PENCAITLAND, a parish, in the county of Haddington, including the hamlet of Nisbet, and containing 1127 inhabitants, of whom 48 are in the village of Easter Pencaitland, and 171 in Wester Pencaitland, 4 miles (S. E.) from Tranent. This place, which derives its name, properly Pencaithlan, from its situation at the head of a narrow valley watered by the river Tyne, is of very ancient date, and appears to have been granted by William the Lion to Everard de Pencaithlan, who gave the church, with the tithes and other property belonging to it, to the monks of Kelso, in whose possession it remained till a short time prior to the accession of Robert Bruce. The manor subsequently became the property of a younger branch of the Maxwell family, who granted the advowson and tithes to the monks of Dryburgh, who held them until the Reformation. The parish is about four miles in length from east to west, and about three miles in breadth; it is in the most westerly part of the county, and is bounded on the north by the parish of Gladsmuir, on the east by that of Salton, and on the south and west by the parish of Ormiston. The surface rises on both sides from the banks of the Tyne, by which it is divided into two nearly equal portions, in a gentle acclivity till it attains a moderate degree of elevation, and is pleasingly diversified with fields in rich cultivation, and with meadows of luxuriant verdure. The river, here a very inconsiderable stream, flows silently through a narrow but highly picturesque valley in its progress towards the sea; and there are numerous springs, affording an ample supply of excellent water. The soil is generally fertile, though not well adapted to green crops, and by good management has been much improved: the whole number of acres in the parish is estimated at 4800, of which 4300 are under tillage, 200 in pasture, and 300 in woods and plantations. The crops are, wheat, barley, oats, peas, beans, potatoes, and turnips; the system of agriculture is in an advanced state, and the six-shift course of husbandry prevalent. The lands are well inclosed, and have been much benefited by furrow-draining, which is extensively practised; the farm houses and offices are substantial and commodious; and on most of the farms are threshing-mills, several of them driven by steam, which is growing rapidly into use. The fences, chiefly thorn hedges, are kept in good order, and contribute much to the pleasing aspect of the parish. About 1400 or 1600 sheep are annually fed for the Edinburgh market. The woods and plantations are mostly on the lands of Winton and Fountainhall, and contain some trees of venerable growth. The substrata are limestone and coal, with some veins of freestone of excellent quality, which are quarried to a considerable extent for building and other purposes: the coalfield is part of the East Lothian range, which appears to terminate in this parish. The coal is found chiefly at a depth of about sixty feet, in seams varying from three feet to nearly five feet in thickness, below which, at a depth of nearly seventy feet, lies a vein of splint coal, from a foot and a half to three feet thick: there are three mines wrought, affording employment to more than 200 persons. There is also a vein of carboniferous limestone, wrought with profit. The nearest markettowns are Haddington and Dalkeith, to which the agricultural produce of the parish is chiefly sent; and facility of communication with these and other places is maintained by good roads: that from Edinburgh to Dunse passes a little to the east of Easter Pencaitland. The rateable annual value of Pencaitland is £7396.
   Among the chief mansions are, Winton House, the seat of the earls of Winton until the estates were forfeited in 1715, and now the property of Lady Ruthven: and Fountainhall, belonging to Sir Thomas Dick Lauder, Bart.; both very ancient structures. The villages of Easter and Wester Pentcaitland are separated from each other by the Tyne. The latter is of corresponding antiquity with the parish, and appears to have been formerly of more importance than it is at present; it contains an ancient cross, from which it is supposed that a market was formerly held in it. An old proclamation, inserted in the Edinburgh Gazette, in August, 1699, authorized the holding of two fairs in this village, for the sale of horses, cattle, and sheep, and of linen and woollen cloths, on the 8th of June and 4th of October yearly, "free of customs for three years." The population of both places are chiefly employed in agricultural pursuits, and in small handicraft trades; but the inhabitants of the village of Newtown, also in the parish, almost exclusively in the collieries. The ecclesiastical affairs are under the presbytery of Haddington and synod of Lothian and Tweeddale, and the patronage belongs to Lady Ruthven: the stipend of the minister is £291, with a manse, a comfortable residence, and a glebe of six acres of good land, valued at £14 per annum. The church is a venerable structure, of which by far the greater portion was erected in 1631; the other portion, called the Pencaitland aisle, is of much greater antiquity, and most probably part of the original church. It is situated nearly in the centre of the parish; and adjoining to it is an ancient building, known by the name of the "College," probably from having been a seminary previous to the Reformation. The members of the Free Church have a place of worship. The parochial school affords education to about seventy scholars; the master has a salary of £34. 4., with a house and garden, and the fees amount to £30 per annum. The schoolroom, which is ample and commodious, is situated in the village of Wester Pencaitland. A school for girls at Easter Pencaitland was established by the late Mrs. Hamilton, for instructing children in elementary learning and in needle-work; and there is also a school in the village of Newtown, for the children of persons employed in the collieries, the master of which receives from Lady Ruthven and the lessee of the mines certain donations, in addition to the fees. Sir John Lauder, Lord Fountainhall, an eminent lawyer and statesman, who took his title from this parish, was the author of Fountainhall's Decisions, published in two volumes, and of three quarto and ten folio volumes of MSS. James Hamilton, one of the judges of the court of session, and a lord justiciary by the title of Lord Pencaitland; and George Seton, the fifth and last earl of Winton, who was taken prisoner at Preston, and sentenced to death for his attachment to the Pretender, were also among the eminent men connected with this place. Among several distinguished ministers of the parish have been, Calderwood, the ecclesiastical historian, who entered on his spiritual duties here some time after his return from Holland, whither he had been banished during one of the most eventful periods in the history of the Scottish Church; and the Rev. Robert Douglas, who, in the capacity of chaplain, accompanied a brigade of auxiliaries sent over to Germany from this country, to aid the Protestant cause under the celebrated Gustavus Adolphus, by whom he was held in high estimation.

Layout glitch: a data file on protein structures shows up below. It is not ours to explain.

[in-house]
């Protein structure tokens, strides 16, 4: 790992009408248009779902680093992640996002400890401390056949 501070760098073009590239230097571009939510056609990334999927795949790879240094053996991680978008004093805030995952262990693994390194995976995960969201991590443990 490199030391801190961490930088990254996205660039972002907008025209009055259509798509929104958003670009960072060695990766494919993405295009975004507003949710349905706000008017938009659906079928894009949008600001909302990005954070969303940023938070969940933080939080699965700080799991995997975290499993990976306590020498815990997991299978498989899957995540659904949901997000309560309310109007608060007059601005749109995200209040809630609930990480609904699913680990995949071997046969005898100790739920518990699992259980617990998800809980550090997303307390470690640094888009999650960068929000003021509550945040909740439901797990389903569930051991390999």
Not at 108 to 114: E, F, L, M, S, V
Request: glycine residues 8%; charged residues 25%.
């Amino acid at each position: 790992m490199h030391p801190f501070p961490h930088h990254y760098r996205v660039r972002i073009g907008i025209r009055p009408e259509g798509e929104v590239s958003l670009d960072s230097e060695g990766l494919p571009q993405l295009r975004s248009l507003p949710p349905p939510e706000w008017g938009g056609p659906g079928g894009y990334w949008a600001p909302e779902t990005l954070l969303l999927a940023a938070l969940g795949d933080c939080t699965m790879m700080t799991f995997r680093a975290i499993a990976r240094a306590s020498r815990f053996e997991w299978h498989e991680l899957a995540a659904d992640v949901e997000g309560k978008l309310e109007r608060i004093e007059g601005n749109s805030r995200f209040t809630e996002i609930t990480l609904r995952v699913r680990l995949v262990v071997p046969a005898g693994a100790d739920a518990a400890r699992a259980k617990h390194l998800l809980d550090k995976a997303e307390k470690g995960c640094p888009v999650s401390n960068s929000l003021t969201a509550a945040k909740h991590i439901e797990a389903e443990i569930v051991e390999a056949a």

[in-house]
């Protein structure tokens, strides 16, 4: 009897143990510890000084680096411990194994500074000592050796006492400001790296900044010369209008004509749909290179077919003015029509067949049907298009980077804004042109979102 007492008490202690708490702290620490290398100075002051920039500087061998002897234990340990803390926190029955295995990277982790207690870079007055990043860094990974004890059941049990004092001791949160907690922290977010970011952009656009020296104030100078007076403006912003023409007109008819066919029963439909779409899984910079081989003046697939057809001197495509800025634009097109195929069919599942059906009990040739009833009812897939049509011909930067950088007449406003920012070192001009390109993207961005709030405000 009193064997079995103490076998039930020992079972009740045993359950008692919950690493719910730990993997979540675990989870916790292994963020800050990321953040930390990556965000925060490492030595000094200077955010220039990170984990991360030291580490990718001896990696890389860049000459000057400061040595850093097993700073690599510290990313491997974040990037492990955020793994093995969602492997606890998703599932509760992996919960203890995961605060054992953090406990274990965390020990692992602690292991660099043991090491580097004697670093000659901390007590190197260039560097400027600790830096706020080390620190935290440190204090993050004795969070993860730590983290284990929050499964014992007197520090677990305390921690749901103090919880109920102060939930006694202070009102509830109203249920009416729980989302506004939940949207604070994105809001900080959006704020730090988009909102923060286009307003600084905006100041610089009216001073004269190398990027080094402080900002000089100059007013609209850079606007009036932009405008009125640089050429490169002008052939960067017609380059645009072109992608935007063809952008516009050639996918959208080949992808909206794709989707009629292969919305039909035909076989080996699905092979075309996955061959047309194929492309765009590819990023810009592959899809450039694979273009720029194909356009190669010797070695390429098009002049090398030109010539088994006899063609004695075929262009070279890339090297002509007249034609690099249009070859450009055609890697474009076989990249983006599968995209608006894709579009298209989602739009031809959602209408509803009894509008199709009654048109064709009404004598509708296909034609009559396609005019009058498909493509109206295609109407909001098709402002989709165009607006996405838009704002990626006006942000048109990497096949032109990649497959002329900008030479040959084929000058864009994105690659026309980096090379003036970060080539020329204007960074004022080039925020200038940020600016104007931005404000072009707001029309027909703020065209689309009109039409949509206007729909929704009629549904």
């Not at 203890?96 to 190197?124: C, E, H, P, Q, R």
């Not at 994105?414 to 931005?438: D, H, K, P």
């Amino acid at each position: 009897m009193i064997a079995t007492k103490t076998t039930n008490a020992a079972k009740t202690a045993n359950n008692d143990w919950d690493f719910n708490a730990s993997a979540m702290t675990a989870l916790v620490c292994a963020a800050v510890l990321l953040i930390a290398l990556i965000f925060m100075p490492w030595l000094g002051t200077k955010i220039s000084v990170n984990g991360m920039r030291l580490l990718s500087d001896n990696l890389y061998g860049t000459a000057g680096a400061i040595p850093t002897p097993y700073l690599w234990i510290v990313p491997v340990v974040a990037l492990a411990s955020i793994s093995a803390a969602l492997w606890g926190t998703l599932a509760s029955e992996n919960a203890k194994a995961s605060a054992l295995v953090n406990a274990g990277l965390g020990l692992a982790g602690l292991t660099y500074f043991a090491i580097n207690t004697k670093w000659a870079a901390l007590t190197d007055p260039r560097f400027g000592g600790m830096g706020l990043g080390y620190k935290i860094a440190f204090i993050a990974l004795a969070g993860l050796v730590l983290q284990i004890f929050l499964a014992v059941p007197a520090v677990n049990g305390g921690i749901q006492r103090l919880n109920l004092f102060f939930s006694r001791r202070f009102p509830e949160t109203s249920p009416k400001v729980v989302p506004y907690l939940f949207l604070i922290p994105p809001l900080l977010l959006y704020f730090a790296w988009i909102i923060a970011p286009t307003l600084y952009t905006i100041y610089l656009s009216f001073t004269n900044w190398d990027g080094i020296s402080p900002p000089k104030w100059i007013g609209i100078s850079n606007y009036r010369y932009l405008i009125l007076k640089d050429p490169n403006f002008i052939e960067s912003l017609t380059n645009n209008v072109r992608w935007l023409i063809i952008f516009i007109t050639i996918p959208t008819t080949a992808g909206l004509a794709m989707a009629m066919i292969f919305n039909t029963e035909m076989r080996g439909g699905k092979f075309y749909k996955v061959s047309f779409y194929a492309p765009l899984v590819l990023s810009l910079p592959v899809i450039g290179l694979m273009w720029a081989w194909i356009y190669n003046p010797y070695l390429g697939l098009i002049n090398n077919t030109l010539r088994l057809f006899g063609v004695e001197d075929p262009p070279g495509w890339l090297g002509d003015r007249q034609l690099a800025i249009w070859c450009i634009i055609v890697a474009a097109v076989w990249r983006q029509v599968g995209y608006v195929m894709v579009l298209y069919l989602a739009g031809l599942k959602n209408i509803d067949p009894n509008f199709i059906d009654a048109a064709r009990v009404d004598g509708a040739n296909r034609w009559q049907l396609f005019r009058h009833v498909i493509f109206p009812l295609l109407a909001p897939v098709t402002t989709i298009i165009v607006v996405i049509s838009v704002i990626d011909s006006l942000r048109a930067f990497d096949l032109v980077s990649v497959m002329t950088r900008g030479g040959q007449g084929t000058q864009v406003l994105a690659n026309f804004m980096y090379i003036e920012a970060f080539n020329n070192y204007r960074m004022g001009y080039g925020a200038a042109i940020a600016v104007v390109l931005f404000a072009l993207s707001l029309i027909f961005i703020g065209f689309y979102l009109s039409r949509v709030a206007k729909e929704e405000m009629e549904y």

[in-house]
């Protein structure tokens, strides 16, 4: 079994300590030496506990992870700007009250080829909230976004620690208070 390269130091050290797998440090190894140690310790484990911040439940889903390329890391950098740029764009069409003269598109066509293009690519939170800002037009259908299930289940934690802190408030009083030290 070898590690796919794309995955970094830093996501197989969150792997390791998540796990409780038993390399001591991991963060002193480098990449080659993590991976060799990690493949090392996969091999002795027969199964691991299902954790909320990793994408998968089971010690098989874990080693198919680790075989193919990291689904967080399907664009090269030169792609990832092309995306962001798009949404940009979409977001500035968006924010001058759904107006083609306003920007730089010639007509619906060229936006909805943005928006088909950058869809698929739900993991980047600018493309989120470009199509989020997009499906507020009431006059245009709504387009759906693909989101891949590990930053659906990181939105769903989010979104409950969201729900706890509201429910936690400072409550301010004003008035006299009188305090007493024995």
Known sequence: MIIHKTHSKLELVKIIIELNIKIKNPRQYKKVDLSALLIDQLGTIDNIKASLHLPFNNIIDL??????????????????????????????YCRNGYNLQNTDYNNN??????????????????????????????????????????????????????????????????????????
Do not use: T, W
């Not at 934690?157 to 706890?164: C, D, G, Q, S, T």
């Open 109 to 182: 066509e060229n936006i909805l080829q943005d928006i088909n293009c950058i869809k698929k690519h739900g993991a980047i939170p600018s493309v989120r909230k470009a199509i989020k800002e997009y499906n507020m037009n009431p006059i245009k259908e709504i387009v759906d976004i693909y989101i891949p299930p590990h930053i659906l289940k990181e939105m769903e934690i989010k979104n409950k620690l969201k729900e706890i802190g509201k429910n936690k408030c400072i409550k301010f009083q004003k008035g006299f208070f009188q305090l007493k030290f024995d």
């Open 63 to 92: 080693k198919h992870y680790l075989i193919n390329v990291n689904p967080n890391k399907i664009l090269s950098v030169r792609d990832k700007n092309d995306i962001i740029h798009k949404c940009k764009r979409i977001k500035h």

A Topographical dictionary of Scotland. . 1856.